Losing a password can be an expensive error of judgement. It can render an expensive tablet useless or block access to an important document. However, passwords, pins and thumbprints are there to protect your data thus they are essential.
Most of my time is spent helping people recover passwords. Using passwords that are simply the name of your cat are no longer secure and we are forced into using upper and lowercase numbers and punctuation symbols. This makes ‘Kittycat’ into a far more complicated ‘K1ttyc@t’ and unless you use this password regularly it is easy to forget a password setup 2 years ago and never typed in since then. Click Here for a list of most common passwords 2018
If you have a poor memory or do not use the password regularly, I recommend writing the password down in a place where only a trusted family member can find it. so an unmarked plain books ideal (indexed may be helpful).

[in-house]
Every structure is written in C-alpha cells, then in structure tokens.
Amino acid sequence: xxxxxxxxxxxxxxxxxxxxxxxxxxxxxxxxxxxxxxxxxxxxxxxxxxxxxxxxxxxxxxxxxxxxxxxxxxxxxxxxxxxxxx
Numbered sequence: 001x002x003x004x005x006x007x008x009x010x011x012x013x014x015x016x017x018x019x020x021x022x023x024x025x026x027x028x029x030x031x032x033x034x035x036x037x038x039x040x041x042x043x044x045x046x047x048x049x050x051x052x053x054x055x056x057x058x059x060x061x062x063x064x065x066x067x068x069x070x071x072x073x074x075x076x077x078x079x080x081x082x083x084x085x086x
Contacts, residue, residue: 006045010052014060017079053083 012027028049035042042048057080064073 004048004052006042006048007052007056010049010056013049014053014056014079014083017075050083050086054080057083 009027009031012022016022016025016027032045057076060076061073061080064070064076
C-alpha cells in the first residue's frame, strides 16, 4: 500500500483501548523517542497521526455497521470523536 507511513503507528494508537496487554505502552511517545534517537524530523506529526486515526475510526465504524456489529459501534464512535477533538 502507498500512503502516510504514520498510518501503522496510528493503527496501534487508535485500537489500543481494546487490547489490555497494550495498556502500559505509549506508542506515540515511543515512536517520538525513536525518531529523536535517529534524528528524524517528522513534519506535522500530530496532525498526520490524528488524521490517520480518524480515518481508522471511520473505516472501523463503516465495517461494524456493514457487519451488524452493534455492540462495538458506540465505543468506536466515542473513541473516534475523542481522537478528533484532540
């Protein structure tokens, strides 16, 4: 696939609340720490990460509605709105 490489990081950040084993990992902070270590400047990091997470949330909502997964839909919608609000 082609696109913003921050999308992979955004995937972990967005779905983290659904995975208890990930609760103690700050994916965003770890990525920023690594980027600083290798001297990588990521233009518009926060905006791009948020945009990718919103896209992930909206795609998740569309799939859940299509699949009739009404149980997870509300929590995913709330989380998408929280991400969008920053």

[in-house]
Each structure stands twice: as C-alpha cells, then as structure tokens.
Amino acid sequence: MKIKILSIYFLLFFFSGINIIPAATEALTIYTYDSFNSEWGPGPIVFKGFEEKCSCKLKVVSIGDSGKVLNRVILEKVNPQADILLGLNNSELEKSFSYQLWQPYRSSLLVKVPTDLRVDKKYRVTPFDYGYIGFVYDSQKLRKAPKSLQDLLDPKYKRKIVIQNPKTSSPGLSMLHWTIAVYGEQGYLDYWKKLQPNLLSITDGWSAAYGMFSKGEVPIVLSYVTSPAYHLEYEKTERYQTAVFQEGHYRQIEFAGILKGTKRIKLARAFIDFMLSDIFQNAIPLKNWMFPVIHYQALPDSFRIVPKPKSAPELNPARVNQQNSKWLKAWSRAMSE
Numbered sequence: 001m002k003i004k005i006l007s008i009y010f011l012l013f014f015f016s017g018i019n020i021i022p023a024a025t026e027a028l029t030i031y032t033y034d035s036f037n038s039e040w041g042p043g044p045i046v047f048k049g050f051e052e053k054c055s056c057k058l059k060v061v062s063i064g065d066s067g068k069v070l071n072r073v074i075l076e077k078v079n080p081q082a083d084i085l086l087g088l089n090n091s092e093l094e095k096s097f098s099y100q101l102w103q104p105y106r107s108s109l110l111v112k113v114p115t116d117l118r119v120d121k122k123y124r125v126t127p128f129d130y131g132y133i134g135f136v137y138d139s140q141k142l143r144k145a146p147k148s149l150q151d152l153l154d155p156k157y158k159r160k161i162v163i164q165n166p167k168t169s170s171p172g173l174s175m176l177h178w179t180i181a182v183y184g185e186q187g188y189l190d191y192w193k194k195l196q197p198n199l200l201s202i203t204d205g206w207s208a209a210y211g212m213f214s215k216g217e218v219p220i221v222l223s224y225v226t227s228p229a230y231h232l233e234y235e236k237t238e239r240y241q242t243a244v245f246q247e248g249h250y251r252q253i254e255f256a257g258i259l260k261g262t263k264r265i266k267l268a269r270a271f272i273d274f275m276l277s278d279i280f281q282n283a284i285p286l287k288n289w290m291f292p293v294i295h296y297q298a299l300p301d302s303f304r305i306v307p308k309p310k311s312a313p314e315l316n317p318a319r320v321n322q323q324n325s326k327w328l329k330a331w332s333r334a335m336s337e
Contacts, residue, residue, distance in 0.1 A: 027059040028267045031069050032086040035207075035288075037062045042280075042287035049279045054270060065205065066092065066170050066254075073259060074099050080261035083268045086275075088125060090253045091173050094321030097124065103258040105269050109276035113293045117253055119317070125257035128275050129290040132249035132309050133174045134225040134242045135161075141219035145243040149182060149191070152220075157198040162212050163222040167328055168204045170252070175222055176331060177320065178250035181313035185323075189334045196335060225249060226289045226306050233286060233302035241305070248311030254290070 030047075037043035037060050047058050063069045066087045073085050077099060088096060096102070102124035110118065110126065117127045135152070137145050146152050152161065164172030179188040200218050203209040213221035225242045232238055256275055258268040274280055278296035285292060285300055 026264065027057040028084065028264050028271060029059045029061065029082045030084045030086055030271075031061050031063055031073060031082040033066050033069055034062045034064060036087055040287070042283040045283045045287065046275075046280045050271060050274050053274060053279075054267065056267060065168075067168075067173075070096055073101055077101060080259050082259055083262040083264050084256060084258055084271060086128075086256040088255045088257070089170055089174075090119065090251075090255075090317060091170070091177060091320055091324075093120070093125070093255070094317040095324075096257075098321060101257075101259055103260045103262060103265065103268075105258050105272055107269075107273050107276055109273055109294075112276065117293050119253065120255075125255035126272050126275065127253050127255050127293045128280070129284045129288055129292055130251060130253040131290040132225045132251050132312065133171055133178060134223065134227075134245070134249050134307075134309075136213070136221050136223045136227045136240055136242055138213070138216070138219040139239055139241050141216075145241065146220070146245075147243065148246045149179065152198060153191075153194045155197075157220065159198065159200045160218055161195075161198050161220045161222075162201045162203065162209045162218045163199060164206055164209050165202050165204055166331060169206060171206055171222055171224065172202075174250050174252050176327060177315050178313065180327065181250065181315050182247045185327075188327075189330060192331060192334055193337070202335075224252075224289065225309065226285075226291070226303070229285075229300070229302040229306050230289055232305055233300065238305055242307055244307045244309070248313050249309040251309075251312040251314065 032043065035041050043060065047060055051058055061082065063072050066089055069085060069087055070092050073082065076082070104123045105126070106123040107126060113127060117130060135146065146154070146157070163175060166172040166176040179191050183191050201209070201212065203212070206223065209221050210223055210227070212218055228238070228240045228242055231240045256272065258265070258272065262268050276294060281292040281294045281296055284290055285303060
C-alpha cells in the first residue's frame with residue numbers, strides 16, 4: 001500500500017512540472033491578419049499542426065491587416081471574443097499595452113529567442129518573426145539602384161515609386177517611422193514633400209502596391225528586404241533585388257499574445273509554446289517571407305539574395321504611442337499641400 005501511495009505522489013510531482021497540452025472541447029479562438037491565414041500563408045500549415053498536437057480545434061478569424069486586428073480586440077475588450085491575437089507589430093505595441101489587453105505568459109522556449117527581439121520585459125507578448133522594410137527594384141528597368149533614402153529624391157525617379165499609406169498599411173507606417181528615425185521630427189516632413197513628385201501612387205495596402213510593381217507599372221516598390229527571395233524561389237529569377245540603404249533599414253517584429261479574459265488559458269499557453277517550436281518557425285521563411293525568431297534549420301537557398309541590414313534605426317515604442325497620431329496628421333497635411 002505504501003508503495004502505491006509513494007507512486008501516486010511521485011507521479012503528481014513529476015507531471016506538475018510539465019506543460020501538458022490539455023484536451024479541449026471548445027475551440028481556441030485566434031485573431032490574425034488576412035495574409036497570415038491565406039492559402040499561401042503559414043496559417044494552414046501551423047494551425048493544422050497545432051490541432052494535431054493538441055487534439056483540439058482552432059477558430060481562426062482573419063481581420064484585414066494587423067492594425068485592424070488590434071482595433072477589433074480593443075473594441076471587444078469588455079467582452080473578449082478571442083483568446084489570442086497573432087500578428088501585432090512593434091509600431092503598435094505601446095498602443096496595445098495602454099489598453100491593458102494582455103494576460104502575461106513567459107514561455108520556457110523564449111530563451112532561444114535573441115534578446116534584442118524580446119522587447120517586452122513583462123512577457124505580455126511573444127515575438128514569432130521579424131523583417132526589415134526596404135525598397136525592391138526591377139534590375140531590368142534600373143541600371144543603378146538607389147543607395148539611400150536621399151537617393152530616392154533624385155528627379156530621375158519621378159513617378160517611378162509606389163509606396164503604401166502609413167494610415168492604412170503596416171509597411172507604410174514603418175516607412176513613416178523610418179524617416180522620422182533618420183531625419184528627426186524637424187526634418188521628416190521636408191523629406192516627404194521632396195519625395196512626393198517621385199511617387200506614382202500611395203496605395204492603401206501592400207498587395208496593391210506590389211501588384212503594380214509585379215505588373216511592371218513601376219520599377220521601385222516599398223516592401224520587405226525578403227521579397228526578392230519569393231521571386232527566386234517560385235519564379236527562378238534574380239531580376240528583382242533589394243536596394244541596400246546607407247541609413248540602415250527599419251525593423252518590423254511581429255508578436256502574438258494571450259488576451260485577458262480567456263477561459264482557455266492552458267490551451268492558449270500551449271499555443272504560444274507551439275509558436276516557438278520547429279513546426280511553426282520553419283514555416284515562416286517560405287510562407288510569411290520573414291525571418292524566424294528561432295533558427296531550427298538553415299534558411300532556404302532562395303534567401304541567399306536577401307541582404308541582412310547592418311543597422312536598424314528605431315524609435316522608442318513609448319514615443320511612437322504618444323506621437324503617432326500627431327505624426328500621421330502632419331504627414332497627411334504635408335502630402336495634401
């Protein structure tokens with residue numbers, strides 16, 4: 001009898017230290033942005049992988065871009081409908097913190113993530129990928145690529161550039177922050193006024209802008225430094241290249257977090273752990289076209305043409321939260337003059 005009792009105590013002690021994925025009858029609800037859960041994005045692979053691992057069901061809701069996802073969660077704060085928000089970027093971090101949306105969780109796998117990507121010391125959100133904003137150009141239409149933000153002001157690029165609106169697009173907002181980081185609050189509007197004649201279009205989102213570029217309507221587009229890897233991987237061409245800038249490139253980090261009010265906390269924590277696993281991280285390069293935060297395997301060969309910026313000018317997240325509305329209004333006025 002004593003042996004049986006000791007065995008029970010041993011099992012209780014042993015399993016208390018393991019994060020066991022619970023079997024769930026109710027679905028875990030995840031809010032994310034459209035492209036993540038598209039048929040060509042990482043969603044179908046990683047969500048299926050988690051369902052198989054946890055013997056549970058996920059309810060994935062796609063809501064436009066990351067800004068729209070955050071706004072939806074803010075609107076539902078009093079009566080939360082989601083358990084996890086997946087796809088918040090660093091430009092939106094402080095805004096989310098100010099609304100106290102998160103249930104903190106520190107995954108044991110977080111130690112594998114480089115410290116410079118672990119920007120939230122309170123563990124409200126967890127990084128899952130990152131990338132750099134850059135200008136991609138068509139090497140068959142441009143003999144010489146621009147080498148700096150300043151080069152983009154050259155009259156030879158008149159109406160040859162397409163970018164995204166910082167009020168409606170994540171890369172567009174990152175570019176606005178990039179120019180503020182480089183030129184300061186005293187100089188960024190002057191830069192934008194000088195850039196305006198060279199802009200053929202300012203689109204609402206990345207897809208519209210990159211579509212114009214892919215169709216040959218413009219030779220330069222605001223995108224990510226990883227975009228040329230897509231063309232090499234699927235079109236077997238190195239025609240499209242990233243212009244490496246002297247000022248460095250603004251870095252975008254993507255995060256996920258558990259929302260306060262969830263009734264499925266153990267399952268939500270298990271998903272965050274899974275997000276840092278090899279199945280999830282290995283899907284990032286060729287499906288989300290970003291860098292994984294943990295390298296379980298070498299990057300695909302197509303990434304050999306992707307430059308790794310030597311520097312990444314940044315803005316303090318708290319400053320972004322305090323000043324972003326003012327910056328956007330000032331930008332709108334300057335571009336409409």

Frequent Password mistakes
- Using the web browser options to save the password then never using the password so its not committed to memory
- Using your pets’s name and then posting pictures on Facebook
- Writing your password in uppercase not the case you typed
- Using your birthday
- Creating the password with the caps lock on
- Using the same password for your email account and website login
- leaving the password on a post-it note on your desk
- Typing all your passwords in a spreadsheet or Word document that can be read by hacker who has gained access to your computer
After reading this blog post Jack Foster was inspired to write his own much more detailed guidance on creating secure passwords. It is well worth reading and choosing the method that you find suits your own purposes best. https://www.vpngeeks.com/how-to-secure-your-passwords